powerTV: If you had unlimited funds, what racing class would you run?
Monty Mikho: “If I had unlimited funds I would have a big fishing boat (laughs). For a racing class, I always wanted to run Top Fuel. The adrenaline rush driving a Top Fuel car would exceed what I have experienced so far. If funds were unlimited, it would be a Top Fuel car and I’d be choking up on the nitromethane.”
powerTV: Who were some of the drag racers you followed back when you were getting started in the sport?
Monty Mikho: “My favorite racers growing up were the C.A.R.S., Inc. guys like Rick Dyer and Danny Scott. I have a friend that works for C.A.R.S., Inc. so I’ve always been attached to their cars. Those guys are what got me to the track, rather than being a young punk racing his 15-second car on the street. The car I built was modeled after one of their cars. By the time I got it done it was a 9-second car, and that streetable set-up became a thing of the past. I thought it was the coolest thing in the world to get it done, and when I hit the track everyone else was running in the 8-second zone.”
powerTV: So what does the future hold for Yellowbullet and its users?
Monty Mikho: “My plans are to make it as beneficial as I can for the racers. Make it a site where they can promote themselves. That’s the reason the site was started in the first place. I don’t charge anybody any money to post their company name and banner on their signature. If they want to look for sponsorship through the site, that’s great. A lot of people have been successful in that. I get a lot of ‘thank you’ letters as well as some ‘screw you’ letters. The racer resource side of the site I’d like to harness so people can benefit from being a member, either by sponsorships or classified ads. What better time than right now with the economy to have a site where the racer can sell themselves and help themselves out? It would make me happy. The front page, a lot of people ask what I’m going to do with that. I’m just not talented or smart enough to really move that forward. I’d like to use that front page to try and move racers forward with their programs. We’ll see what happens to the front page.”
powerTV: Did you ever think the site would get this big in general?
Monty Mikho: “Never. As a matter of fact, I only started the site to say a few things and shut it down, but then it just kept growing. It is the freedom – the ability to express yourself there. People knew me from all around the net for posting on message boards and that I have been pretty outspoken, getting banned from one place to another. People see that and they think they can have the same freedom here.”
powerTV: With so much web traffic, there has to be the temptation to cash in, but you’ve steadfastly stayed away from selling ad space. You will take donations but you aren’t about the banner ads, and you pretty much let people promote themselves and their businesses without much interference. What’s the deal there?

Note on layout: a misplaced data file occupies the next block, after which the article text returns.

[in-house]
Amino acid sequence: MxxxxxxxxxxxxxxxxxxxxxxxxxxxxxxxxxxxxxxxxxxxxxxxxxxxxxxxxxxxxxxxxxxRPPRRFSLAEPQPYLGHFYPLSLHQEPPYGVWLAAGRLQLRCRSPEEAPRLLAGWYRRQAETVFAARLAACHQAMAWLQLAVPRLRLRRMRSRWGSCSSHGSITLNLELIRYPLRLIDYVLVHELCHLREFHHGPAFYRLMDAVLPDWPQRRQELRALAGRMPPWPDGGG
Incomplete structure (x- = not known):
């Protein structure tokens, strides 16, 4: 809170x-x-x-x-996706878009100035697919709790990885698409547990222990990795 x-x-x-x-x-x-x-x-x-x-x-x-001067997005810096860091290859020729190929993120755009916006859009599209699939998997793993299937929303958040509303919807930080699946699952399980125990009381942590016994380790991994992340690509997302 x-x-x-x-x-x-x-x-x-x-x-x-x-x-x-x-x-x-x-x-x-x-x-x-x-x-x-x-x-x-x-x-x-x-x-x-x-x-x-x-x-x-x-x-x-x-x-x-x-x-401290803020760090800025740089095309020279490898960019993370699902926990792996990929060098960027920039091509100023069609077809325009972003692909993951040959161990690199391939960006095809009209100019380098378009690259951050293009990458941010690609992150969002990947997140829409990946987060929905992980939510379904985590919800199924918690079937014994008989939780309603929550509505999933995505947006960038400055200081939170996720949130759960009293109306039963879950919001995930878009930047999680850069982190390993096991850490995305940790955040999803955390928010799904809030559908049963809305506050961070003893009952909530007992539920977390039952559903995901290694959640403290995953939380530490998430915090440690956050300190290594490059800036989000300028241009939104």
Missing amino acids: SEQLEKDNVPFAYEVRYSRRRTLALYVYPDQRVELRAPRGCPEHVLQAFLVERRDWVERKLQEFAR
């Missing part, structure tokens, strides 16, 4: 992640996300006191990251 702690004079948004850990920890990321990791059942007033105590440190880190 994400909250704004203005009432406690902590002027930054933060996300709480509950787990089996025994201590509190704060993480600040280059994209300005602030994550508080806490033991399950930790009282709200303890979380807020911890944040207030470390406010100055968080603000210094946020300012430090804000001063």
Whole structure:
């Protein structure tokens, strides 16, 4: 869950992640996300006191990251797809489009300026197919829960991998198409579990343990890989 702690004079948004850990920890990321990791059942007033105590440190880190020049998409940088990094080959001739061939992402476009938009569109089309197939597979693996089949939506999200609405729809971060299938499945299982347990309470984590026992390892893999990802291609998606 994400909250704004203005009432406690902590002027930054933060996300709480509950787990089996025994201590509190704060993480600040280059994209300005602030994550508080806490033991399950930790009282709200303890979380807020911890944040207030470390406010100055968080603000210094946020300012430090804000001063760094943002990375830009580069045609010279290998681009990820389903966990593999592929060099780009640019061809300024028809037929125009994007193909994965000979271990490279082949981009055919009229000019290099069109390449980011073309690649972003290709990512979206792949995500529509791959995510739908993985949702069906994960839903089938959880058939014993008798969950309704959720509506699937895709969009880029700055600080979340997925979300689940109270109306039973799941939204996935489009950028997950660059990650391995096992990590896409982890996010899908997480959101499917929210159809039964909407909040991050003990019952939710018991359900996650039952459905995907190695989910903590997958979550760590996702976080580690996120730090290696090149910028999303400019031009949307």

Monty Mikho: “I am a small business owner as well, and I think everybody should be given the opportunity. And then there is the small guy that might not always have the budget. I have a lot of members that have started businesses and been successful with them, knowing they always have the freedom to post up what they want free of charge. There is some good and bad that goes with that. I have seen some sites that have gone bad by governing what is being posted because a sponsor might not be happy with it.”
powerTV: With as big as it’s gotten, how has managing the site affected your “real life” and business?
Monty Mikho: “It becomes more and more work and less enjoyment for me than when the original site started. In the beginning, I got to enjoy the site along with everybody else, but now it becomes more of a job. There is always a middle point with the site, and it has gone past the middle point with me because now it’s more work than enjoyment. I can still post my garbage just like everybody else, but other areas of the site consume a lot of time. I never really let it interfere with my business, and I work on the site when I can.”
powerTV: With the popularity of Twitter and Facebook, what effect do you think those social media sites will have on the traditional message board?
Monty Mikho: “I wish I could tell you about Twitter and Facebook. I know they exist but I have no idea how they work. With Facebook, the guys I went to high school with ask if I have an account. I’m just not into that thing. The message board always seems to work for me and that’s what I stick to.”
powerTV: How do you feel the site has changed since you first started it?
Monty Mikho: “Obviously things have changed over the years. The overall thing is that it’s more popular. It’s probably the same amount of idiots there percentage-wise; just the numbers are bigger now, so the idiots are more apparent.”
powerTV: Has anyone tried to buy you out and run YB themselves?
Monty Mikho: “Yeah, I actually had a bunch of people that came in about 1.5 years ago that wanted to buy it. Though what it comes down to is, will you be happy with that? The members have been buying the site [with donations], so why not let them keep the place they built?”